New Machine Learning Models Catch CNP Fraud Faster

As CNP fraud targets the online growth in luxury spending, new analytics improve the velocity of detection

With eCommerce driving 39% of luxury sales growth in 2017, a number that is expected to rise to 59% by 2023, even venerable brick-and-mortar retailers are succumbing to the heat. In New York City, retail icons Barneys New York and Dean & Deluca are in bankruptcy, victims of rising rents and a dramatic increase in online purchases of luxury goods.

Those online purchases are big—for example, nearly half of the online luxury fashion dollar sales comes from footwear, which has the highest average annual spend per buyer and annual purchase frequency. In 2017, the average online luxury footwear spend increased 4% to $794, and purchase frequency also increased slightly to 1.6 times per year.

These trends are catnip for fraudsters looking to perpetrate high-value card-not-present (CNP) fraud. Data from the FICO® Falcon® Intelligence Network confirms that 70% of total frauds in UK and US are stemming from CNP transactions. Many of the frauds are single high-value CNP transactions.

Fighting Back Against CNP Fraud

FICO® Falcon Fraud Platform models have always been in the forefront of using machine learning technology to detect fraudulent payment transactions. In 2018, we released CNP technology that improved real-time value detection rate for CNP transactions by more than 30% for a given value of genuine decline rate (GDR). We achieved this improvement using machine learning technology to detect the first fraudulent CNP transaction as quickly as possible.

But for some fraud teams, acting on the first high-scoring, high-value suspicious transaction proved to an operational challenge. In 2019 we have refined our CNP technology, leveraging AI algorithms to make it easier for clients to operationalize the score behavior. As a result, they can realize the optimum benefit of the model-balancing account and transaction model performance, where early suspicious transaction behavior carries on to subsequent purchases, allowing for better account fraud characteristics. The CNP technology continues to focus on the earliest high value fraud ecommerce transactions during a fraud episode — a capability of utmost important to the luxury eCommerce industry.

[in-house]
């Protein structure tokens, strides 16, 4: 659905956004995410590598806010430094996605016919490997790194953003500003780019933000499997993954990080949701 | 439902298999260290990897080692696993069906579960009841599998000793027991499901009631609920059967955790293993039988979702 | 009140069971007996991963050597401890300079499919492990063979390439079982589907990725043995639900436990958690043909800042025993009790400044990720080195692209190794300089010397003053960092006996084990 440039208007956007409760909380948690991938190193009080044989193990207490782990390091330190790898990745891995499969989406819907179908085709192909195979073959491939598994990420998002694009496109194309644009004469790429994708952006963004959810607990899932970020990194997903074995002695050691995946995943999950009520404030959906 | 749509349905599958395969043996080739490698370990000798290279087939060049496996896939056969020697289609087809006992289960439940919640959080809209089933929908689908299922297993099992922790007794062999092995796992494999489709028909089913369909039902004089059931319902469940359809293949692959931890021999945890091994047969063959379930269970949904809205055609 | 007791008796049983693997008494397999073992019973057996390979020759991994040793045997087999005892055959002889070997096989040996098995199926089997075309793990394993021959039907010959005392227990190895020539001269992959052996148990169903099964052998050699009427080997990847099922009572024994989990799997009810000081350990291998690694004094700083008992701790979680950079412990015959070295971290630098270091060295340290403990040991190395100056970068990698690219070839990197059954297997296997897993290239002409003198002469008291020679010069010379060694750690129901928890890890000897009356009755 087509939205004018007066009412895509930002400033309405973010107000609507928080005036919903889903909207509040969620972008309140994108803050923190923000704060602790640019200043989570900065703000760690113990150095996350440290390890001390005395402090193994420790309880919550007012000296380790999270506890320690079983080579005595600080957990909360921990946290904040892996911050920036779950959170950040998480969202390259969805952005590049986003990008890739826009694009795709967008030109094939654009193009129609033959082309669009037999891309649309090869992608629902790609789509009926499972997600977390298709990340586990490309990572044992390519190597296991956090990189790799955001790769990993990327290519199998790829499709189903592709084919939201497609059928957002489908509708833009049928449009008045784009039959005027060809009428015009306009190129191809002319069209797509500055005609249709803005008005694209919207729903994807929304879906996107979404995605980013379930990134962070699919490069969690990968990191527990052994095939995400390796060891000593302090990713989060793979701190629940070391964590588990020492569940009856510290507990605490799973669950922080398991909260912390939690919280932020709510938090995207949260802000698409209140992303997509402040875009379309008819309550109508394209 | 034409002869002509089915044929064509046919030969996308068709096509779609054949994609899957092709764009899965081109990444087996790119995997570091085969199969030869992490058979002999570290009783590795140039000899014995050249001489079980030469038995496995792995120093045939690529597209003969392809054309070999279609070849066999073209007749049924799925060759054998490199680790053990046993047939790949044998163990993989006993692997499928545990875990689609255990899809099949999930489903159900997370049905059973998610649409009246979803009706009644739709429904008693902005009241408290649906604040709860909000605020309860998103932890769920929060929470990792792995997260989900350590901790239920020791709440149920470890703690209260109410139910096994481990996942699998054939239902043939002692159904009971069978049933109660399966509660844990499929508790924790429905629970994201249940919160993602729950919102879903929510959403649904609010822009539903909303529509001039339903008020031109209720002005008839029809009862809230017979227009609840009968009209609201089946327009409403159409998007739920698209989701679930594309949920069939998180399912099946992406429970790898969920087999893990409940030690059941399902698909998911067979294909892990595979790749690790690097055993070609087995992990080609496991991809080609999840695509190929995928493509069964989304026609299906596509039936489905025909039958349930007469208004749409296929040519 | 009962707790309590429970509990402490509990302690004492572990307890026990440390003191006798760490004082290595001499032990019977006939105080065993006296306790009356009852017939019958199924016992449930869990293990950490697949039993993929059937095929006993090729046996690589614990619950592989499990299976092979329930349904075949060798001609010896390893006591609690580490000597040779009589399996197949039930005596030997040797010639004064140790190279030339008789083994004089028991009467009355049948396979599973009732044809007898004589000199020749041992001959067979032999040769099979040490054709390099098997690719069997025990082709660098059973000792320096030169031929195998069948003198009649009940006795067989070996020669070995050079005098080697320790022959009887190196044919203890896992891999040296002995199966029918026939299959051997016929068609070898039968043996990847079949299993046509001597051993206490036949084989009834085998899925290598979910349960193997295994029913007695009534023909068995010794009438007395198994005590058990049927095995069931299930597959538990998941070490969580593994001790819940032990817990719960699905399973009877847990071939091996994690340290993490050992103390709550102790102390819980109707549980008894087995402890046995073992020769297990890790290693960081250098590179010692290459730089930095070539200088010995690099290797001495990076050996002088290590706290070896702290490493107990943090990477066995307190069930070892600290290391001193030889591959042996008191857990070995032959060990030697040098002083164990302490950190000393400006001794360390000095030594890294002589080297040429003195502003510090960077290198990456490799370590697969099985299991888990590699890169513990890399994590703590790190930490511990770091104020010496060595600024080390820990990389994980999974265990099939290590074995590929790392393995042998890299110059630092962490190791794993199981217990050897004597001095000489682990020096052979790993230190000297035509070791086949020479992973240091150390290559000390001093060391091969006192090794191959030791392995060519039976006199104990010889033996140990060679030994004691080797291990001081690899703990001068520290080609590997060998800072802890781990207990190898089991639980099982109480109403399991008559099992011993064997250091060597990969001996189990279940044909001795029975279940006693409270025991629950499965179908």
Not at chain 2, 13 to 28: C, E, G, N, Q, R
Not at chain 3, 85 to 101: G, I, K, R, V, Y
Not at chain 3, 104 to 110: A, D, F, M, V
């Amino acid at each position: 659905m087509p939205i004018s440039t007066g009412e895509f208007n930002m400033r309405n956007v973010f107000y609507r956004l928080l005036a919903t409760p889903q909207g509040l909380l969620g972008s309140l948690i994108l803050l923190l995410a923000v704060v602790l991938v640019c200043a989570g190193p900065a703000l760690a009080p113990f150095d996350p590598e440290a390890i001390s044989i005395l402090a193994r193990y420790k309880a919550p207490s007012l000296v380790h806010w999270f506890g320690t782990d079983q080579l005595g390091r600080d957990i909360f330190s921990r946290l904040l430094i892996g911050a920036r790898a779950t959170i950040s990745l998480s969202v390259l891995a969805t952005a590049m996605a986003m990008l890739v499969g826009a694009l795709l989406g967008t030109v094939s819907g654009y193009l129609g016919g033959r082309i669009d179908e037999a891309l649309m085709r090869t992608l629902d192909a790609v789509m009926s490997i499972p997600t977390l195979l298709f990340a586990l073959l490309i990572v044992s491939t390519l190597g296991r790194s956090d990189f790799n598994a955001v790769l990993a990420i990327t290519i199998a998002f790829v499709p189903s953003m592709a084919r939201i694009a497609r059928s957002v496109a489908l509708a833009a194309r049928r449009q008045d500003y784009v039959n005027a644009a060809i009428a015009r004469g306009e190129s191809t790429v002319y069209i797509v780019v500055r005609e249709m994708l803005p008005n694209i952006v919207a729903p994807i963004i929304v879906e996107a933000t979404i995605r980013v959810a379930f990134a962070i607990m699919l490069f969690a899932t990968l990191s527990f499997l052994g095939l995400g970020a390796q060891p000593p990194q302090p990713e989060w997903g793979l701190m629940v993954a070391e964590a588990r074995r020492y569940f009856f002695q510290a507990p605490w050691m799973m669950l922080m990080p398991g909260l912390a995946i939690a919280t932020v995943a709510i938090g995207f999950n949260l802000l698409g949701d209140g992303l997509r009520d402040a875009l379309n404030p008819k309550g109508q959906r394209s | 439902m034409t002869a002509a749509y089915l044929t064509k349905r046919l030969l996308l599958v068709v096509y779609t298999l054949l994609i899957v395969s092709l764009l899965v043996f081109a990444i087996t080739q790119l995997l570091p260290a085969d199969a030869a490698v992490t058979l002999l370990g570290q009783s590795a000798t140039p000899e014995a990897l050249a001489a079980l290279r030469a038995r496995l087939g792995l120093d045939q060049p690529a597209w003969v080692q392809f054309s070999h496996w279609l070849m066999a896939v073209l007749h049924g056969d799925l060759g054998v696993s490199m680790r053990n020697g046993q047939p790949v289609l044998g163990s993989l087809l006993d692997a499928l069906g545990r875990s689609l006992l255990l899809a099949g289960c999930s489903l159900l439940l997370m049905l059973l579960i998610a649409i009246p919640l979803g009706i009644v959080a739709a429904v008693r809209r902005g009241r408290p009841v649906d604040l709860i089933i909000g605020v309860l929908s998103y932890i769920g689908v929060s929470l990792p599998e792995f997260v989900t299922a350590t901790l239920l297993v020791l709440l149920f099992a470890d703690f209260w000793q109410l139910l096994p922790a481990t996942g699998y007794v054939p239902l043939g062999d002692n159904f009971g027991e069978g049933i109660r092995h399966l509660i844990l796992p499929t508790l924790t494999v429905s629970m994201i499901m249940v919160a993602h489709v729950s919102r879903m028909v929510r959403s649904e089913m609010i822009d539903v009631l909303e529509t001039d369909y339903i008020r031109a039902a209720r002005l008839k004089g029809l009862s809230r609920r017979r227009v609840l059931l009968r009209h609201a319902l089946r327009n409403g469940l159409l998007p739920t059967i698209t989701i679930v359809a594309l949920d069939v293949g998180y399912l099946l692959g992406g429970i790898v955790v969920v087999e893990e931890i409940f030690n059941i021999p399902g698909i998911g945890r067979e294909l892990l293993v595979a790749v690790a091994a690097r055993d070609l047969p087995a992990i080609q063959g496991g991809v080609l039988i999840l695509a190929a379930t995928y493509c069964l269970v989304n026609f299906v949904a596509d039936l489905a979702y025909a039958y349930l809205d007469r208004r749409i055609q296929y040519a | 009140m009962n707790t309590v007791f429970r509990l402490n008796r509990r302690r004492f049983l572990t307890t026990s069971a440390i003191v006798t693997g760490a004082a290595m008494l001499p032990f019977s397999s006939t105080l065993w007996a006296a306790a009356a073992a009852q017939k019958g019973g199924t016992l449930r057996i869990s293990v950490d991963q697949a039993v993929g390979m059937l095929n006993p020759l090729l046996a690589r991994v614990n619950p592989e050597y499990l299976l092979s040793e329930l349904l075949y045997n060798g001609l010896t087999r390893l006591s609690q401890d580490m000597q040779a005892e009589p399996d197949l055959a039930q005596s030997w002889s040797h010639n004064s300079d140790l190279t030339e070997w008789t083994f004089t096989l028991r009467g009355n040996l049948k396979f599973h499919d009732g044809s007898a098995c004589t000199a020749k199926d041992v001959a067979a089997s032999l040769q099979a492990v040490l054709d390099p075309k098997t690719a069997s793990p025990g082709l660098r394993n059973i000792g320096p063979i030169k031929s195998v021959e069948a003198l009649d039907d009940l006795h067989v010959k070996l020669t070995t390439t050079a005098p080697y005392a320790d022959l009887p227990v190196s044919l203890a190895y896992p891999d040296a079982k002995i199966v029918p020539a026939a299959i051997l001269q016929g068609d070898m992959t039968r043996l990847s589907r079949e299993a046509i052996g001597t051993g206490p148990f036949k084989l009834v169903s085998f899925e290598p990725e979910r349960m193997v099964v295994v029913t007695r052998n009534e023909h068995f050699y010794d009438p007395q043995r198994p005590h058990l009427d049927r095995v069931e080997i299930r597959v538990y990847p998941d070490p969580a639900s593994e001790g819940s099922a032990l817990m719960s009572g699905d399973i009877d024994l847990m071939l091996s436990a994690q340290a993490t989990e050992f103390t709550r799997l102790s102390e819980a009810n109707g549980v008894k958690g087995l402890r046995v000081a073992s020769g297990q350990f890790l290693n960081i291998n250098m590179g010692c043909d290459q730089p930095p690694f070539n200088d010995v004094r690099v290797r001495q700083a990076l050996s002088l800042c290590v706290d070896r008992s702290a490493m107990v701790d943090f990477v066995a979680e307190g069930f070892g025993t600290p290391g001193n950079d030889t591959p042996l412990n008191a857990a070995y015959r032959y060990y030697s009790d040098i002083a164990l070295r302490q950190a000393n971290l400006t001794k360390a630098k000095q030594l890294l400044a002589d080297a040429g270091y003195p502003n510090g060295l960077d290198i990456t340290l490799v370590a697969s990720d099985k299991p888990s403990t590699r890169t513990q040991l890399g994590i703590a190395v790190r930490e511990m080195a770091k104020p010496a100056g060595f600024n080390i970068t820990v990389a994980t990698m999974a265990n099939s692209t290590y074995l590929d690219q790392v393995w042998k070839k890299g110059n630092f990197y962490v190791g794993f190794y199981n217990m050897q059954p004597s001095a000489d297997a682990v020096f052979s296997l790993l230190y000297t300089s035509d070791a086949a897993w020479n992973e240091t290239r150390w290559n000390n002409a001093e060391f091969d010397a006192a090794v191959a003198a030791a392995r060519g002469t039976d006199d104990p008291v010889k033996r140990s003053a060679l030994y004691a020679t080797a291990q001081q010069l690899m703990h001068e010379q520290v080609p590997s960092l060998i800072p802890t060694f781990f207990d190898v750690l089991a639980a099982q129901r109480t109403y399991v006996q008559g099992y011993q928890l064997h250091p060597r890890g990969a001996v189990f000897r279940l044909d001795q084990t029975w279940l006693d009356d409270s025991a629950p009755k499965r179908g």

Improved Fraudulent Transaction Velocity Detection

Our simulations show that these improvements to the 2019 CNP model design are able to maintain an aggressive Falcon score on the first high-value fraud transaction, with the score remaining higher on a few subsequent fraud transactions. This helps to abate customer challenges in working with the first transaction in a fraud episode.

With this enhancement, Falcon users will continue to get an improved real-time value detection rate, as in the original CNP-2018 technology –– and they also will now experience an extended window of high-scoring subsequent fraud transactions to allow more time to act on the suspicious account if the first high-value fraudulent transaction is missed.

The bottom line: As illustrated in Figure 1 below, FICO’s new CNP-2019 model design will be much easier to operationalize, whether fraud operations are transaction- or account-based, and will continue to catch CNP frauds faster in the battle against financial crime.

FICO Chart
FICO’s CNP-2019 model design catches more high-value fraud transactions, and allows easier operationalization, either transaction or account based.
Source: FICO Blog

Keep up with the latest in this data scientist’s battle against financial and cyber crimes of all kinds on Twitter @ScottZoldi.

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